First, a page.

As 2017 ends, it’s time to start looking forward to the opportunities and challenges a new year presents. Inside UL spoke with several of our company’s future-focused leaders to learn their thoughts for 2018.
The question: What is the biggest challenge facing your industry next year?
Here are their answers.
Melissa Albrecht, Program Manager, Additive Manufacturing
For a disruptive technology that has been around for over 30 years, one of the additive manufacturing industry’s greatest challenges is making the transition from rapid prototyping to production.
Much of this stems from a lag in the knowledge and expertise of the workforce due to the rapidly evolving technology, the change in design principles and the inherent variability that its manufacturing process introduces.
An industry that was dominated by hobbyists and tinkerers is now facing the pressures that come along with industrial manufacturing and better yet, the next industrial revolution.
The industry will need support navigating the regulatory landscape as new materials are developed and the technology evolves. They will need guidance in facility safety management and workforce safety training. And, they need a trusted advisor to advance innovation, safety and quality. UL helps manufacturers overcome these challenges across the entire additive manufacturing value chain from design through end-product testing and certification.
The key will be to help organizations figure out how to fully realize the benefits of the technology as it relates to their business needs, and do it safely and reliably.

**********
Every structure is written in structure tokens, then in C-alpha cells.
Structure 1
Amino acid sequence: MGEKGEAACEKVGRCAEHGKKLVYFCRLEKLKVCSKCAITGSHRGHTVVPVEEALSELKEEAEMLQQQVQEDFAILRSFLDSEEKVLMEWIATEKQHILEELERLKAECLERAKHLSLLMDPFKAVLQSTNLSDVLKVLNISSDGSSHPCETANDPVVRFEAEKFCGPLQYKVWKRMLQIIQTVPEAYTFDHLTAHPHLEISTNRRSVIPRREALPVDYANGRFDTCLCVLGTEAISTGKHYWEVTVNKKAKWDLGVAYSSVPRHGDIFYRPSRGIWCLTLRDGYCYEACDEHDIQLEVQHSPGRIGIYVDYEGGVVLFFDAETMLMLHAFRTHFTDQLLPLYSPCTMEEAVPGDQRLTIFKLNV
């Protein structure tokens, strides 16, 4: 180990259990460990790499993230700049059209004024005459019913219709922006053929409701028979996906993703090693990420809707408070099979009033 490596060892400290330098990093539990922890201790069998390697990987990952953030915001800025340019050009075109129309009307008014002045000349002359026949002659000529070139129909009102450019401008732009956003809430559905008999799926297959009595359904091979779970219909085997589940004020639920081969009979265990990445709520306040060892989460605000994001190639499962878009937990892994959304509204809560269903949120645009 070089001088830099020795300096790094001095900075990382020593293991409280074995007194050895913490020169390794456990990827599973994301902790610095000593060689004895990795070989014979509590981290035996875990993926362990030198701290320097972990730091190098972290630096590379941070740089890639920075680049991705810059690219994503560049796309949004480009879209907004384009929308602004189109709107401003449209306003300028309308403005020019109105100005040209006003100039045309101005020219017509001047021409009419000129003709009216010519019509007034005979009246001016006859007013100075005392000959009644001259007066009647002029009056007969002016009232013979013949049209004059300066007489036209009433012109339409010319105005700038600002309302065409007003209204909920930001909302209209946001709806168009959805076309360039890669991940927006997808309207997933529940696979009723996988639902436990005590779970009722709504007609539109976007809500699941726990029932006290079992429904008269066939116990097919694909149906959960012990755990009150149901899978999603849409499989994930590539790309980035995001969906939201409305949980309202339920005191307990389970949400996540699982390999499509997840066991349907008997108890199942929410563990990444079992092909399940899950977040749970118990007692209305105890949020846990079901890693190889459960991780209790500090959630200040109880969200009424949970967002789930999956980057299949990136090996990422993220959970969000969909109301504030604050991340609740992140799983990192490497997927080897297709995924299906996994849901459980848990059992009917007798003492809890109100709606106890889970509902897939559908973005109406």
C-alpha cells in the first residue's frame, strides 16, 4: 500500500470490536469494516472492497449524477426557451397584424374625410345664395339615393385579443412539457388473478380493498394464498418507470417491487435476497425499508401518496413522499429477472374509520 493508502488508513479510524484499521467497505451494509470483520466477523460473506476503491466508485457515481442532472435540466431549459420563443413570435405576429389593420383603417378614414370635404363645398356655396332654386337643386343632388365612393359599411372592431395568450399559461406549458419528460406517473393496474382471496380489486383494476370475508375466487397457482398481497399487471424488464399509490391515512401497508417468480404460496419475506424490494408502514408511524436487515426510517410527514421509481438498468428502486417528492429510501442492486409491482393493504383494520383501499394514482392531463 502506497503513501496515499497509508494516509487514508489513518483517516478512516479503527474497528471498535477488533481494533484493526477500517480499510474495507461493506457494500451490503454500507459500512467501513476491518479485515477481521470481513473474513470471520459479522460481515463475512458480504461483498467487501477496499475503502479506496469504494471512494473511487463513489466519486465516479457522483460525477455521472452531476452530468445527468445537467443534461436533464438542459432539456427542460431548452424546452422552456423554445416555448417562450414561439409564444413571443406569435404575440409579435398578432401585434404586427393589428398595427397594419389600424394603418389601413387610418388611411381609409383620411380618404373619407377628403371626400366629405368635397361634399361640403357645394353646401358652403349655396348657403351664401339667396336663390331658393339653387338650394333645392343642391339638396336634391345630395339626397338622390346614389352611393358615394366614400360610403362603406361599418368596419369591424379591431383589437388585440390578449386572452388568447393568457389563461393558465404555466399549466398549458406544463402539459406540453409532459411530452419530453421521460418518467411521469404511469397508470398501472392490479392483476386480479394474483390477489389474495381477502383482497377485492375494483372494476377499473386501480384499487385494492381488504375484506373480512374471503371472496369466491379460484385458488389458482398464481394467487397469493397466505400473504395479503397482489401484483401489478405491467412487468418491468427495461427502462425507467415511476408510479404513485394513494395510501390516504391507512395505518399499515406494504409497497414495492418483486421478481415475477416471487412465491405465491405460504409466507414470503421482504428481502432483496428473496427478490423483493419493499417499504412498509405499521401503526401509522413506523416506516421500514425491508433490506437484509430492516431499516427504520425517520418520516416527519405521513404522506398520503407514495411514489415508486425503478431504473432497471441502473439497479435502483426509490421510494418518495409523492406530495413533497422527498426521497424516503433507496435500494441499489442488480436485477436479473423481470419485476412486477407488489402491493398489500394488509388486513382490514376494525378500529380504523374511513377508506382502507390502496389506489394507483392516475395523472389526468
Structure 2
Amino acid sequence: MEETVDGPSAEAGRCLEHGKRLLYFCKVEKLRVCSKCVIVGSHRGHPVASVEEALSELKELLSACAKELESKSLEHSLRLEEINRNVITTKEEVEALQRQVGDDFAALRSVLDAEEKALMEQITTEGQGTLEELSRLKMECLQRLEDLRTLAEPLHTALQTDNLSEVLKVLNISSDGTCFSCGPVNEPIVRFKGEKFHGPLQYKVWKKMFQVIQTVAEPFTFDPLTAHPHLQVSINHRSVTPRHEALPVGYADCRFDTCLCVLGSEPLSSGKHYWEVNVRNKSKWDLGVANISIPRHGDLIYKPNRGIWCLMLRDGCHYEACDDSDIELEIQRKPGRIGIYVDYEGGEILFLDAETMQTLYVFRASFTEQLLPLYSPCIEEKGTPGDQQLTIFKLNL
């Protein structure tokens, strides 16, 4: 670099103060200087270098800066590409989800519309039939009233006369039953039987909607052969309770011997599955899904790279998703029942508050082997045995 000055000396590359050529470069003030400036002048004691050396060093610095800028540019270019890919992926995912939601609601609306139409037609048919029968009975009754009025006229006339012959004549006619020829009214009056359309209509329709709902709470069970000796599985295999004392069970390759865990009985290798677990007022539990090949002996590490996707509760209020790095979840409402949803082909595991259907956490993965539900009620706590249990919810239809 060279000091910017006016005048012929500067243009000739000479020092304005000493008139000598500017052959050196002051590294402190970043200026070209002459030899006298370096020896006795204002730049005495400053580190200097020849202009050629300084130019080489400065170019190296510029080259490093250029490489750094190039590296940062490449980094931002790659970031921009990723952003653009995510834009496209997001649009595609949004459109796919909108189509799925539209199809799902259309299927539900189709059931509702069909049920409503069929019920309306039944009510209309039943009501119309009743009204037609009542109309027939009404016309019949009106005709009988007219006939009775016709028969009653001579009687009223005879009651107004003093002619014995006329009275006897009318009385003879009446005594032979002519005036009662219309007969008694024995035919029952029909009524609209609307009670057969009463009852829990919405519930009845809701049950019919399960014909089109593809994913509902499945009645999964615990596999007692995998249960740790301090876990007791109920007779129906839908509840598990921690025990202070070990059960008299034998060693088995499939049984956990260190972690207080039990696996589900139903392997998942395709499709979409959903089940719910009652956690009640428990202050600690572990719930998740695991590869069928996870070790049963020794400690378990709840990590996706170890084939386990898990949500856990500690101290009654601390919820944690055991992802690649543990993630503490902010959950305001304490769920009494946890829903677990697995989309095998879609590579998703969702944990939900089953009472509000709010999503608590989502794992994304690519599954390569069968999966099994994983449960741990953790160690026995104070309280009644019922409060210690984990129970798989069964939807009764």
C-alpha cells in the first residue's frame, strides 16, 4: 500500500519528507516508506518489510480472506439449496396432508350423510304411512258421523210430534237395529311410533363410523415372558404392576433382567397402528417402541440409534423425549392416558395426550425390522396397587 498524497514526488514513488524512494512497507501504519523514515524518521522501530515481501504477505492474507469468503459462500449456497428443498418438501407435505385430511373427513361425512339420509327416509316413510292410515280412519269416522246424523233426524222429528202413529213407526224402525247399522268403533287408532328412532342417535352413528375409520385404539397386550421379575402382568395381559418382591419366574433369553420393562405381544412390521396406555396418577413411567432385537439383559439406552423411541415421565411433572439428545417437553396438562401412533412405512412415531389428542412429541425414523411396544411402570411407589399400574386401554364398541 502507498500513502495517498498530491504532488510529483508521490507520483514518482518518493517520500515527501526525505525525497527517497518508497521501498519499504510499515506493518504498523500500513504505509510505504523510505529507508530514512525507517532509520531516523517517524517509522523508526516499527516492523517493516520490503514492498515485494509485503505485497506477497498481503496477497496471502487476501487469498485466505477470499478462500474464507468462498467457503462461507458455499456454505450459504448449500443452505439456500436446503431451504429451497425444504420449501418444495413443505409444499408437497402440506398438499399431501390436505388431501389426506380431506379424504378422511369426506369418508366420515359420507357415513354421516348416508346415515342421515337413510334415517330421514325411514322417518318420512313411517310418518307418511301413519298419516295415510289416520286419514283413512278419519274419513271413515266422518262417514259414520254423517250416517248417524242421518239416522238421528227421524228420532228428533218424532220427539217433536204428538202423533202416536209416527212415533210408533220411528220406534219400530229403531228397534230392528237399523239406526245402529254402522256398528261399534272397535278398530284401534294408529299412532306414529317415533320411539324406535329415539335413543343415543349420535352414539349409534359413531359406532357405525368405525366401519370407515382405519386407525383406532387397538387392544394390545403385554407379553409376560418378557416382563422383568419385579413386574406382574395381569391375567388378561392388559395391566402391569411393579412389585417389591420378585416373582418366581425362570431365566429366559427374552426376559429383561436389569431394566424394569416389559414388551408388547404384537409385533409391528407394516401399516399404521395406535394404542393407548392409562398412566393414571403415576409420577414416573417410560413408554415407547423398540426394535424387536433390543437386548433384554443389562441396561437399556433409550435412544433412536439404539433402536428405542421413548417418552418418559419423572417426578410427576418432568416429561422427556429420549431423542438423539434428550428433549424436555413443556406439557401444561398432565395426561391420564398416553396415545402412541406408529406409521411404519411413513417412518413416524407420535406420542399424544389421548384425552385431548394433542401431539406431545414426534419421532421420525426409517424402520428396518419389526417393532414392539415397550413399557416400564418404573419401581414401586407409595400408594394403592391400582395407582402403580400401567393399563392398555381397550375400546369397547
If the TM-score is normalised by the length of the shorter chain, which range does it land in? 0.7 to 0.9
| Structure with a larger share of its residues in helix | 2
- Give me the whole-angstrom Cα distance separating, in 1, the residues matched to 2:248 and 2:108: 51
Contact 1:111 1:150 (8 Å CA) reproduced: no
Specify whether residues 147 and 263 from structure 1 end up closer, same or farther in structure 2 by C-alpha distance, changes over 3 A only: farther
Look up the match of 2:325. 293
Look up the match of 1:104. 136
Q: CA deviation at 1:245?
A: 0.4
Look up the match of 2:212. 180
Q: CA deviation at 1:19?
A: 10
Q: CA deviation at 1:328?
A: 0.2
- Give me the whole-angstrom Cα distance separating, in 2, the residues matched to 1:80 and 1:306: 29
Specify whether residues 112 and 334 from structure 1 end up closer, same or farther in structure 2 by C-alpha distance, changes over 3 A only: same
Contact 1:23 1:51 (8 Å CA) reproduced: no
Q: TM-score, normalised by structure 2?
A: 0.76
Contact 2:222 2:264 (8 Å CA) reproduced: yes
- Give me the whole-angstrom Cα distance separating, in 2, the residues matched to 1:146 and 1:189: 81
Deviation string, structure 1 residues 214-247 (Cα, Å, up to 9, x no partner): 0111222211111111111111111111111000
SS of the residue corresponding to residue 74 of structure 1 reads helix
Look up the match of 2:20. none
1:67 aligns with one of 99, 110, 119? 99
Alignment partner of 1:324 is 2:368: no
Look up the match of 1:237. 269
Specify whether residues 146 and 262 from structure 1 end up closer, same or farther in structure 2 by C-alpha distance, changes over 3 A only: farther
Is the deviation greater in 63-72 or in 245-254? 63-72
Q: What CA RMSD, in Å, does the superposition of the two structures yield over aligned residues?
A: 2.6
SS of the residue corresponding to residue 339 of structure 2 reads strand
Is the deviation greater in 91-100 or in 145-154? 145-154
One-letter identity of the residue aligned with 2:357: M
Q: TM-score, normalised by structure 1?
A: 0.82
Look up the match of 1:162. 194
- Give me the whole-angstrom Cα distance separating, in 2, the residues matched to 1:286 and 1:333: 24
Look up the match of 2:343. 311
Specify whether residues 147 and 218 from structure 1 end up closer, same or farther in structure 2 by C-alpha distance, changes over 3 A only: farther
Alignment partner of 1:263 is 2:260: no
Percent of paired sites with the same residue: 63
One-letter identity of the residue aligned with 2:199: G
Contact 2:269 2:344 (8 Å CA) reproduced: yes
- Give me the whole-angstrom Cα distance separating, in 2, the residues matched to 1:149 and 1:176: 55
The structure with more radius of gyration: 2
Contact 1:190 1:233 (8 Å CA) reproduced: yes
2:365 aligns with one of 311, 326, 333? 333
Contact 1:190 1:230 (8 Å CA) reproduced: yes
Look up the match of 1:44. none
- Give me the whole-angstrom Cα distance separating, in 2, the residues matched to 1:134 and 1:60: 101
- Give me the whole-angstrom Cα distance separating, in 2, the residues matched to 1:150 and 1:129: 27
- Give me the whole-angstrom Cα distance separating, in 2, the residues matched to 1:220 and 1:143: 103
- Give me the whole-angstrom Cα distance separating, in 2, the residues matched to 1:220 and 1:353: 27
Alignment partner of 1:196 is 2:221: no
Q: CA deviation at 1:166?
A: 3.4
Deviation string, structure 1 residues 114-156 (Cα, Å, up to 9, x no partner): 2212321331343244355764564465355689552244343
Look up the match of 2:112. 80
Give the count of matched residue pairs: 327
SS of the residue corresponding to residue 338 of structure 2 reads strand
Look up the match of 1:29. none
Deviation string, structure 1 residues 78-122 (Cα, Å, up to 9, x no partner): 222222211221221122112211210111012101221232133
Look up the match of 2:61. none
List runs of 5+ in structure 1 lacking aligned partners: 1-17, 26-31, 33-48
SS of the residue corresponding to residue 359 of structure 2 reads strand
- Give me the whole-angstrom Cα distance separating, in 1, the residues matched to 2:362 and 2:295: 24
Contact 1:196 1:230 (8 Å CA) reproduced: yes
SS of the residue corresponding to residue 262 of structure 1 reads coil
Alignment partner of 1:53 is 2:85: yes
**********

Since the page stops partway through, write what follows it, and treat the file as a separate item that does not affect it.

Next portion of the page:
Read Melissa Albrecht’s full Q&A
Maarten Bron, Director of Innovation, Transaction Security
The banking and financial industry has changed rapidly over the past several years, leaving many traditional institutions behind as technological innovation with payment processing accelerated. A company must be open to change, agile in navigating these changes, live digital 24/7 and be able to do it all fast.
The Second Payments Services Directive (PSD2) implementation in Europe brings a whole new set of challenges to the industry by breaking the monopoly of payment networks and banks. Under PSD2, third parties can take consumer deposits or initiate a transaction for a customer.
The European Commission’s goal to standardize, integrate and improve payment efficiency is causing headaches with financial institutions as they must expend capital to prepare for the directive and they are wary of new competition coming into the market.
Which bring us full circle back to speed in the marketplace. Whoever can adapt to these and other changes in the evolving payment industry will retain relevancy in the new year.
Read Maarten Bron’s full Q&A
Tom Blewitt, Chief Technology Officer, Consumer Business Unit
The trend in the consumer marketplace has been for traditional and non-traditional service providers alike to innovate with technology, to potentially disrupt traditional markets. They seek to provide value by adding functionality and convenience to the user experience often with, however, mixed consumer interest. Take virtual reality for example. It has been widely promoted for the promise of its immersive gaming experience, yet not adopted by consumers on a mass scale. Why?
Perhaps the better question to ask is what? That is, what will entice people to spend more for what is billed as innovative and smart technology? I’ll pay a little for a device that responds to my simple questions or fills out a grocery list, but not a lot when I perceive that to be of limited value. If it is necessary to register, download, install, update and then perhaps have to troubleshoot or redo these steps, I’ll also probably wait for a later technology unless I’m getting real and immediate value from the technology. This is true for consumers in general, I believe.
So, looking ahead, the real challenge to consumer industries is to get past what may be considered the “gadget” stage and to really understand what consumers value and then deliver a simple and intuitive way to obtain that value. Because, as consumers, we’ve all seen or been sold “smart” technology and we’re now wiser for it.
Read Tom Blewitt’s full Q&A
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